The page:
Compensable disbursements from the estate total $4,714,550.64. [FN1 omitted.] Disbursements have been made for debt service to Preferred Bank pursuant to its promissory notes and deeds of trust which encumbered the Property, for insurance premiums for the Property, bank fees, bond premiums, the payoff of Preferred Bank’ [sic] first and second deeds of trust, closing costs and broker’s commissions.

. . . Pursuant to 11 U.S.C. Section 326(a), the statutory commission for the bankruptcy trustee for these disbursements is $164,686.51. Therefore, the Trustee is respectfully requesting fees in the amount of $164,686.51 from funds on hand in the estate.

Interim Application [Dk. 235 at page 10, lines 13-24] (emphasis added).

The Trustee’s request for the maximum amount of commission based on section 326(a) is presently both premature and incorrect, to the extent he advocates that the fees are subject only to the calculation set forth in section 326(a).  It is premature because this Court finds judicial economy in discussing the fine points of trustee fees once, not twice, and endeavors to do so only at the final fee hearing stage.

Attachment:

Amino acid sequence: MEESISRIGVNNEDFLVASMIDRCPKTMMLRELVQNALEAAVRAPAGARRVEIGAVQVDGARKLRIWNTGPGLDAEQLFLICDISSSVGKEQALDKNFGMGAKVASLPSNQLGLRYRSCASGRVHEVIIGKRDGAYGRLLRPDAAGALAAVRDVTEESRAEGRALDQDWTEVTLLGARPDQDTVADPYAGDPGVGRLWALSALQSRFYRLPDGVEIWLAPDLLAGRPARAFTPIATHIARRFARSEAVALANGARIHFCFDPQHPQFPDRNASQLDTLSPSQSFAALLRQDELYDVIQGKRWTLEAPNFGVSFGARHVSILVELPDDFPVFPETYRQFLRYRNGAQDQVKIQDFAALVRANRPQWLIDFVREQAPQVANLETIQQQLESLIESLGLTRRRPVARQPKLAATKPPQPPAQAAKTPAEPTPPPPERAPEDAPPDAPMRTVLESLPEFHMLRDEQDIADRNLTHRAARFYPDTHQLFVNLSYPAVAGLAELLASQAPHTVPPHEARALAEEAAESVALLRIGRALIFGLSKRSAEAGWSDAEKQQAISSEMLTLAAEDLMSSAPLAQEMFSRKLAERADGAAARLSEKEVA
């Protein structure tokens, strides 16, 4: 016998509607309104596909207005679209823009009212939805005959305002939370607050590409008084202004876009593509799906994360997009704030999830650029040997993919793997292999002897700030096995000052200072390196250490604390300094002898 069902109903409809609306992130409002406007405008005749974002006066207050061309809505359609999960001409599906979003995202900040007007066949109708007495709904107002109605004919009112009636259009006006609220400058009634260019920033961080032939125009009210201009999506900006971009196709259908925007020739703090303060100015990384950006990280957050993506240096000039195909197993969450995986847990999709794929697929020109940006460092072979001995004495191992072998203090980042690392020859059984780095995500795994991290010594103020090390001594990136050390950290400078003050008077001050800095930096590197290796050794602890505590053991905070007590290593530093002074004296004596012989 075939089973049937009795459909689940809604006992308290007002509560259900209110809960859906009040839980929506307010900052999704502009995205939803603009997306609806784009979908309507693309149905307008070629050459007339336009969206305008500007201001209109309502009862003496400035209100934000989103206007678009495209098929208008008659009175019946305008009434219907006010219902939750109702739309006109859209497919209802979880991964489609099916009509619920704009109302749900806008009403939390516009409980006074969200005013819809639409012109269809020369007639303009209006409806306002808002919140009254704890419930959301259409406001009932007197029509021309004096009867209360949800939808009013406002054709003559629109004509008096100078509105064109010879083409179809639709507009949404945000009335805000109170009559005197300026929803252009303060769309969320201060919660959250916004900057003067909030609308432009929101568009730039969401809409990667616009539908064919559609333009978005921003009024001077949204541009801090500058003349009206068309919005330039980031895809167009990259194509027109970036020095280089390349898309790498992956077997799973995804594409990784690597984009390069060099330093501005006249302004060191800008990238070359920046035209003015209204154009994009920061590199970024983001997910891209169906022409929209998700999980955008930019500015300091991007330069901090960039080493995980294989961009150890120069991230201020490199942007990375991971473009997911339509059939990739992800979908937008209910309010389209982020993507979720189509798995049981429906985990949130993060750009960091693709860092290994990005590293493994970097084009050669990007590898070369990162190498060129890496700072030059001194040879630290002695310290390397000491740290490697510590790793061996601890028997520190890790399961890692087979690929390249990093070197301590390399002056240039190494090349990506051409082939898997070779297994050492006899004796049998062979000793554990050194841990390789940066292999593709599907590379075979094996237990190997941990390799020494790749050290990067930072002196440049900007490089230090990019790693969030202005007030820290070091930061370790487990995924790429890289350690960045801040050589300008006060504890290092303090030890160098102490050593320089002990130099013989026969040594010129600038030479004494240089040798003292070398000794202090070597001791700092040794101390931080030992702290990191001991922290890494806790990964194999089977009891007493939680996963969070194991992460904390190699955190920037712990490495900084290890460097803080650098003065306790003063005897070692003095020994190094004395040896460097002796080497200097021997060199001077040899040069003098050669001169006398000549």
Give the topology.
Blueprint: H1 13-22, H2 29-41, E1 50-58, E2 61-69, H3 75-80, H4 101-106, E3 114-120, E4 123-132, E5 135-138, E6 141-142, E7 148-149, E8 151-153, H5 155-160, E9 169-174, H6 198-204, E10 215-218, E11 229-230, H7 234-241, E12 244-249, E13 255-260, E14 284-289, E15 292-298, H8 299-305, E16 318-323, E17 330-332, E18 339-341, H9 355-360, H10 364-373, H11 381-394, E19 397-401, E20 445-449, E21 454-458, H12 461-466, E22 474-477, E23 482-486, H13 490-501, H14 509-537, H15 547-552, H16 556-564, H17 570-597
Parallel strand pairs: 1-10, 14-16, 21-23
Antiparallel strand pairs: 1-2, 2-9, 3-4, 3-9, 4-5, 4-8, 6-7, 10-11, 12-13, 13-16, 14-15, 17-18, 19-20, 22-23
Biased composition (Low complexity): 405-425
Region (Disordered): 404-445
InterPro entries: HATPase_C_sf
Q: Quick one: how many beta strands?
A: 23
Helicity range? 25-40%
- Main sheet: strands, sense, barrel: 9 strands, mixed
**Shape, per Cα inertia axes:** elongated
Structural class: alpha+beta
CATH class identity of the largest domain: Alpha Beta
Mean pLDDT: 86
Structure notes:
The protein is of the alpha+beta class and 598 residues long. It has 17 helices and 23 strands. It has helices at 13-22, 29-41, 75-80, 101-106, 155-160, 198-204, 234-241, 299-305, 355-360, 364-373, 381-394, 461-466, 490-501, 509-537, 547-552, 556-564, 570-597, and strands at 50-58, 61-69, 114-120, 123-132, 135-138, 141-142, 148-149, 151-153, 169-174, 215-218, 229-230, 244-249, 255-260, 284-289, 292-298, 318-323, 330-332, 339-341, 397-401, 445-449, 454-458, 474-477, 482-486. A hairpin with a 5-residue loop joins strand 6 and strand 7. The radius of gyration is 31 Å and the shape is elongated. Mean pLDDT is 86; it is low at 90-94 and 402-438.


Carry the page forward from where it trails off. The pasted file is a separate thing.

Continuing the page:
Further, the Trustee’s application for fees, solely based on the calculations set out in section 326(a) in this interim fee application, may very well be premised in part on a misinterpretation of sections 326(a) and 330, coupled with the Ninth Circuit B.A.P. decision, In re Salgado-Nava, 473 B.R. 911 (9th Cir. B.A.P. 2012), for which this court is appreciative but respectfully believes deserves additional consideration and thought.